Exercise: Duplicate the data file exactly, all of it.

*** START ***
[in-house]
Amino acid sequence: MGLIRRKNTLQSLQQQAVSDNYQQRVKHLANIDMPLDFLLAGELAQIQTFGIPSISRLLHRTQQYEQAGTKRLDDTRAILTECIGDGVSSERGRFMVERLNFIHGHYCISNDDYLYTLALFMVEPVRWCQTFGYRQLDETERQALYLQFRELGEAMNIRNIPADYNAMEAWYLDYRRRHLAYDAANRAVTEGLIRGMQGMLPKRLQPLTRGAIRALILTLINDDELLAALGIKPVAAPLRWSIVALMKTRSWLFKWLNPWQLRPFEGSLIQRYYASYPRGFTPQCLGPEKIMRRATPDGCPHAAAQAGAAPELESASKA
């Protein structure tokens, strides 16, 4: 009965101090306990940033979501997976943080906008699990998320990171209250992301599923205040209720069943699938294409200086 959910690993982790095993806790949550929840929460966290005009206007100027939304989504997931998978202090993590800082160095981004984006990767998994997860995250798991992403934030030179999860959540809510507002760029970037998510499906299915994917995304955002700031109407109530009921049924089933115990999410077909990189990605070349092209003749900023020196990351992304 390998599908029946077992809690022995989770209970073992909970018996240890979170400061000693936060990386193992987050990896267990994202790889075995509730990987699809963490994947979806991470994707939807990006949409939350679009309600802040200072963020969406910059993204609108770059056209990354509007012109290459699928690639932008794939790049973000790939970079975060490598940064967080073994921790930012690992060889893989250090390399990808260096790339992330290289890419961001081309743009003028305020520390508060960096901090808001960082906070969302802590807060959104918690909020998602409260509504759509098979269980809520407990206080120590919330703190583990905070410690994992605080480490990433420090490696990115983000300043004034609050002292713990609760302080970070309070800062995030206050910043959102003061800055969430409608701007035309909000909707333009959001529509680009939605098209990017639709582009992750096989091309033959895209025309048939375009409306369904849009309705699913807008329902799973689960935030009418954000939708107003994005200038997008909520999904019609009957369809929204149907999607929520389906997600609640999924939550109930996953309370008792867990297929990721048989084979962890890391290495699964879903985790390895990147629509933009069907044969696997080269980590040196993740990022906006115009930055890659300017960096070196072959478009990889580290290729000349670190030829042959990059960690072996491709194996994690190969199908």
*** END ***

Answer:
[in-house]
Amino acid sequence: MGLIRRKNTLQSLQQQAVSDNYQQRVKHLANIDMPLDFLLAGELAQIQTFGIPSISRLLHRTQQYEQAGTKRLDDTRAILTECIGDGVSSERGRFMVERLNFIHGHYCISNDDYLYTLALFMVEPVRWCQTFGYRQLDETERQALYLQFRELGEAMNIRNIPADYNAMEAWYLDYRRRHLAYDAANRAVTEGLIRGMQGMLPKRLQPLTRGAIRALILTLINDDELLAALGIKPVAAPLRWSIVALMKTRSWLFKWLNPWQLRPFEGSLIQRYYASYPRGFTPQCLGPEKIMRRATPDGCPHAAAQAGAAPELESASKA
């Protein structure tokens, strides 16, 4: 009965101090306990940033979501997976943080906008699990998320990171209250992301599923205040209720069943699938294409200086 959910690993982790095993806790949550929840929460966290005009206007100027939304989504997931998978202090993590800082160095981004984006990767998994997860995250798991992403934030030179999860959540809510507002760029970037998510499906299915994917995304955002700031109407109530009921049924089933115990999410077909990189990605070349092209003749900023020196990351992304 390998599908029946077992809690022995989770209970073992909970018996240890979170400061000693936060990386193992987050990896267990994202790889075995509730990987699809963490994947979806991470994707939807990006949409939350679009309600802040200072963020969406910059993204609108770059056209990354509007012109290459699928690639932008794939790049973000790939970079975060490598940064967080073994921790930012690992060889893989250090390399990808260096790339992330290289890419961001081309743009003028305020520390508060960096901090808001960082906070969302802590807060959104918690909020998602409260509504759509098979269980809520407990206080120590919330703190583990905070410690994992605080480490990433420090490696990115983000300043004034609050002292713990609760302080970070309070800062995030206050910043959102003061800055969430409608701007035309909000909707333009959001529509680009939605098209990017639709582009992750096989091309033959895209025309048939375009409306369904849009309705699913807008329902799973689960935030009418954000939708107003994005200038997008909520999904019609009957369809929204149907999607929520389906997600609640999924939550109930996953309370008792867990297929990721048989084979962890890391290495699964879903985790390895990147629509933009069907044969696997080269980590040196993740990022906006115009930055890659300017960096070196072959478009990889580290290729000349670190030829042959990059960690072996491709194996994690190969199908």